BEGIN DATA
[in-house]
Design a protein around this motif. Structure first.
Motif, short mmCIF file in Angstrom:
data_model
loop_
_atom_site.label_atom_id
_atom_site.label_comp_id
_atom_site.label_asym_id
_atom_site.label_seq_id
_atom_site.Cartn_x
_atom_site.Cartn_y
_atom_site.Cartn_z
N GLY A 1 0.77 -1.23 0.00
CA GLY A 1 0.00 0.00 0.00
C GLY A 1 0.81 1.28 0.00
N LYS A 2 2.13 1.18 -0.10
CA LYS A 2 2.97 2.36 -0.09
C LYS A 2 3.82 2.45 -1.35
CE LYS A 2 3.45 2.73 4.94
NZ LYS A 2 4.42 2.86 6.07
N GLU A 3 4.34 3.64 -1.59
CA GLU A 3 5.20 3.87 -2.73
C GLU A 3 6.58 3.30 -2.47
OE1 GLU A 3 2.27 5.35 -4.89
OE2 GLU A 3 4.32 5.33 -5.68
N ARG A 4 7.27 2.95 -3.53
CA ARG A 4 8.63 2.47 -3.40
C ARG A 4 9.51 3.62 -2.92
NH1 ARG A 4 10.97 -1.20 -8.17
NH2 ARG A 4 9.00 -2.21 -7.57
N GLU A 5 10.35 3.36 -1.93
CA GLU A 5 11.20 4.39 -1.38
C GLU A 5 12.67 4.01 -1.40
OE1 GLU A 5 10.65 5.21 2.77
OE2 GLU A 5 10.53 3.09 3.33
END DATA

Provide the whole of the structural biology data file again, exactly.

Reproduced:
[in-house]
Design a protein around this motif. Structure first.
Motif, short mmCIF file in Angstrom:
data_model
loop_
_atom_site.label_atom_id
_atom_site.label_comp_id
_atom_site.label_asym_id
_atom_site.label_seq_id
_atom_site.Cartn_x
_atom_site.Cartn_y
_atom_site.Cartn_z
N GLY A 1 0.77 -1.23 0.00
CA GLY A 1 0.00 0.00 0.00
C GLY A 1 0.81 1.28 0.00
N LYS A 2 2.13 1.18 -0.10
CA LYS A 2 2.97 2.36 -0.09
C LYS A 2 3.82 2.45 -1.35
CE LYS A 2 3.45 2.73 4.94
NZ LYS A 2 4.42 2.86 6.07
N GLU A 3 4.34 3.64 -1.59
CA GLU A 3 5.20 3.87 -2.73
C GLU A 3 6.58 3.30 -2.47
OE1 GLU A 3 2.27 5.35 -4.89
OE2 GLU A 3 4.32 5.33 -5.68
N ARG A 4 7.27 2.95 -3.53
CA ARG A 4 8.63 2.47 -3.40
C ARG A 4 9.51 3.62 -2.92
NH1 ARG A 4 10.97 -1.20 -8.17
NH2 ARG A 4 9.00 -2.21 -7.57
N GLU A 5 10.35 3.36 -1.93
CA GLU A 5 11.20 4.39 -1.38
C GLU A 5 12.67 4.01 -1.40
OE1 GLU A 5 10.65 5.21 2.77
OE2 GLU A 5 10.53 3.09 3.33